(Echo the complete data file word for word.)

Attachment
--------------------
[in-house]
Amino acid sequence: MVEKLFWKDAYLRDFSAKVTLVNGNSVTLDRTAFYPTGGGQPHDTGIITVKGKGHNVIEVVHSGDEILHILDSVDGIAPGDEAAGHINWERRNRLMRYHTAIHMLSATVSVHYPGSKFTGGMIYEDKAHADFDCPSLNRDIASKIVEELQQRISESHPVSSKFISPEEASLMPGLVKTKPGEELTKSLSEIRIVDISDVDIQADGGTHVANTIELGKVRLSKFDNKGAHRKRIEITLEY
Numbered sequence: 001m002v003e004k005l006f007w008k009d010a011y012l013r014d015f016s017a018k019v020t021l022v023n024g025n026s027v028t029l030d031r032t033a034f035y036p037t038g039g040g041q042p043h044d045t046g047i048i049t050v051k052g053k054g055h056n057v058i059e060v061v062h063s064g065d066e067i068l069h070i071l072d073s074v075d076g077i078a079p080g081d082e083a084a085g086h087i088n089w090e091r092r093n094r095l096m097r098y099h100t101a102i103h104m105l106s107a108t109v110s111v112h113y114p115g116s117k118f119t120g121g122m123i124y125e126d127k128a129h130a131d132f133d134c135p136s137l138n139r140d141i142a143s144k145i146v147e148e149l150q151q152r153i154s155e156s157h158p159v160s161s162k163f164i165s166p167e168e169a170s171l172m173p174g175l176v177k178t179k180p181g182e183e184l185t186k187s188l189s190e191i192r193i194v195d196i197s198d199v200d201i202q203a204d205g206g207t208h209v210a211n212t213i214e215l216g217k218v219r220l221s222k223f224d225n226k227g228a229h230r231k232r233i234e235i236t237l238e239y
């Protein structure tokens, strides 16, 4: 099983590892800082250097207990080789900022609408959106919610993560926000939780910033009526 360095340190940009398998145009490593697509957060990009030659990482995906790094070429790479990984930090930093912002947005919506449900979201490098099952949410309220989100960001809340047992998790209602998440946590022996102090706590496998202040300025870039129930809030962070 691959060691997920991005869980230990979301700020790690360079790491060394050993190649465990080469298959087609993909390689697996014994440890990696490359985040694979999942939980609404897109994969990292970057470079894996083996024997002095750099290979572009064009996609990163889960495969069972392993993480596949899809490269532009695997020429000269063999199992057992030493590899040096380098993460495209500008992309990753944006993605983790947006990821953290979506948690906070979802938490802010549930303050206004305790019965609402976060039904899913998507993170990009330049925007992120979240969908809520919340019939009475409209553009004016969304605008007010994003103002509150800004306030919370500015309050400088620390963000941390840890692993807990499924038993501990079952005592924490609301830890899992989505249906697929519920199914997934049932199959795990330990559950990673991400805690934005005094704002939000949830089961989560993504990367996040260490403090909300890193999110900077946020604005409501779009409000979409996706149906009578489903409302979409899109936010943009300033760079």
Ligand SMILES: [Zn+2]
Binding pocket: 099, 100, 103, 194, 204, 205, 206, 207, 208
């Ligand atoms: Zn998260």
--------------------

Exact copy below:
[in-house]
Amino acid sequence: MVEKLFWKDAYLRDFSAKVTLVNGNSVTLDRTAFYPTGGGQPHDTGIITVKGKGHNVIEVVHSGDEILHILDSVDGIAPGDEAAGHINWERRNRLMRYHTAIHMLSATVSVHYPGSKFTGGMIYEDKAHADFDCPSLNRDIASKIVEELQQRISESHPVSSKFISPEEASLMPGLVKTKPGEELTKSLSEIRIVDISDVDIQADGGTHVANTIELGKVRLSKFDNKGAHRKRIEITLEY
Numbered sequence: 001m002v003e004k005l006f007w008k009d010a011y012l013r014d015f016s017a018k019v020t021l022v023n024g025n026s027v028t029l030d031r032t033a034f035y036p037t038g039g040g041q042p043h044d045t046g047i048i049t050v051k052g053k054g055h056n057v058i059e060v061v062h063s064g065d066e067i068l069h070i071l072d073s074v075d076g077i078a079p080g081d082e083a084a085g086h087i088n089w090e091r092r093n094r095l096m097r098y099h100t101a102i103h104m105l106s107a108t109v110s111v112h113y114p115g116s117k118f119t120g121g122m123i124y125e126d127k128a129h130a131d132f133d134c135p136s137l138n139r140d141i142a143s144k145i146v147e148e149l150q151q152r153i154s155e156s157h158p159v160s161s162k163f164i165s166p167e168e169a170s171l172m173p174g175l176v177k178t179k180p181g182e183e184l185t186k187s188l189s190e191i192r193i194v195d196i197s198d199v200d201i202q203a204d205g206g207t208h209v210a211n212t213i214e215l216g217k218v219r220l221s222k223f224d225n226k227g228a229h230r231k232r233i234e235i236t237l238e239y
């Protein structure tokens, strides 16, 4: 099983590892800082250097207990080789900022609408959106919610993560926000939780910033009526 360095340190940009398998145009490593697509957060990009030659990482995906790094070429790479990984930090930093912002947005919506449900979201490098099952949410309220989100960001809340047992998790209602998440946590022996102090706590496998202040300025870039129930809030962070 691959060691997920991005869980230990979301700020790690360079790491060394050993190649465990080469298959087609993909390689697996014994440890990696490359985040694979999942939980609404897109994969990292970057470079894996083996024997002095750099290979572009064009996609990163889960495969069972392993993480596949899809490269532009695997020429000269063999199992057992030493590899040096380098993460495209500008992309990753944006993605983790947006990821953290979506948690906070979802938490802010549930303050206004305790019965609402976060039904899913998507993170990009330049925007992120979240969908809520919340019939009475409209553009004016969304605008007010994003103002509150800004306030919370500015309050400088620390963000941390840890692993807990499924038993501990079952005592924490609301830890899992989505249906697929519920199914997934049932199959795990330990559950990673991400805690934005005094704002939000949830089961989560993504990367996040260490403090909300890193999110900077946020604005409501779009409000979409996706149906009578489903409302979409899109936010943009300033760079």
Ligand SMILES: [Zn+2]
Binding pocket: 099, 100, 103, 194, 204, 205, 206, 207, 208
């Ligand atoms: Zn998260």